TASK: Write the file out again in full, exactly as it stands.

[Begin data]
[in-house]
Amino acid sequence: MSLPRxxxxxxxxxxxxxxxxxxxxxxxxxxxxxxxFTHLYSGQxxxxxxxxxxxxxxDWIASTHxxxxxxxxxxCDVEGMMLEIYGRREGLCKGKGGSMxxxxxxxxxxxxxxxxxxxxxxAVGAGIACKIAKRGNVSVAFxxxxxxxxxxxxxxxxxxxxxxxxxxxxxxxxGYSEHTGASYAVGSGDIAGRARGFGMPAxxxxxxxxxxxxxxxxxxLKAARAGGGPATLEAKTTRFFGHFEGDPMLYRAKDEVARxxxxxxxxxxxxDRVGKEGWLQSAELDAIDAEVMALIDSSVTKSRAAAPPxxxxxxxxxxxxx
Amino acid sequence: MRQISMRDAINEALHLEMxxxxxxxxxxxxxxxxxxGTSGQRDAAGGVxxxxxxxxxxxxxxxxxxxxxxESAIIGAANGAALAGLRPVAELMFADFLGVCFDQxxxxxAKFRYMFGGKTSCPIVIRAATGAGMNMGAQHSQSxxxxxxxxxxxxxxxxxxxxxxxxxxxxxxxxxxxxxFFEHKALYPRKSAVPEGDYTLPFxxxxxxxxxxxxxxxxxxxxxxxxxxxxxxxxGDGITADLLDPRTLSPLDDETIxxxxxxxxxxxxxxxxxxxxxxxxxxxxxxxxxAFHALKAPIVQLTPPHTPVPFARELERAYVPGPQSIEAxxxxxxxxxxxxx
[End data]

[in-house]
Amino acid sequence: MSLPRxxxxxxxxxxxxxxxxxxxxxxxxxxxxxxxFTHLYSGQxxxxxxxxxxxxxxDWIASTHxxxxxxxxxxCDVEGMMLEIYGRREGLCKGKGGSMxxxxxxxxxxxxxxxxxxxxxxAVGAGIACKIAKRGNVSVAFxxxxxxxxxxxxxxxxxxxxxxxxxxxxxxxxGYSEHTGASYAVGSGDIAGRARGFGMPAxxxxxxxxxxxxxxxxxxLKAARAGGGPATLEAKTTRFFGHFEGDPMLYRAKDEVARxxxxxxxxxxxxDRVGKEGWLQSAELDAIDAEVMALIDSSVTKSRAAAPPxxxxxxxxxxxxx
Amino acid sequence: MRQISMRDAINEALHLEMxxxxxxxxxxxxxxxxxxGTSGQRDAAGGVxxxxxxxxxxxxxxxxxxxxxxESAIIGAANGAALAGLRPVAELMFADFLGVCFDQxxxxxAKFRYMFGGKTSCPIVIRAATGAGMNMGAQHSQSxxxxxxxxxxxxxxxxxxxxxxxxxxxxxxxxxxxxxFFEHKALYPRKSAVPEGDYTLPFxxxxxxxxxxxxxxxxxxxxxxxxxxxxxxxxGDGITADLLDPRTLSPLDDETIxxxxxxxxxxxxxxxxxxxxxxxxxxxxxxxxxAFHALKAPIVQLTPPHTPVPFARELERAYVPGPQSIEAxxxxxxxxxxxxx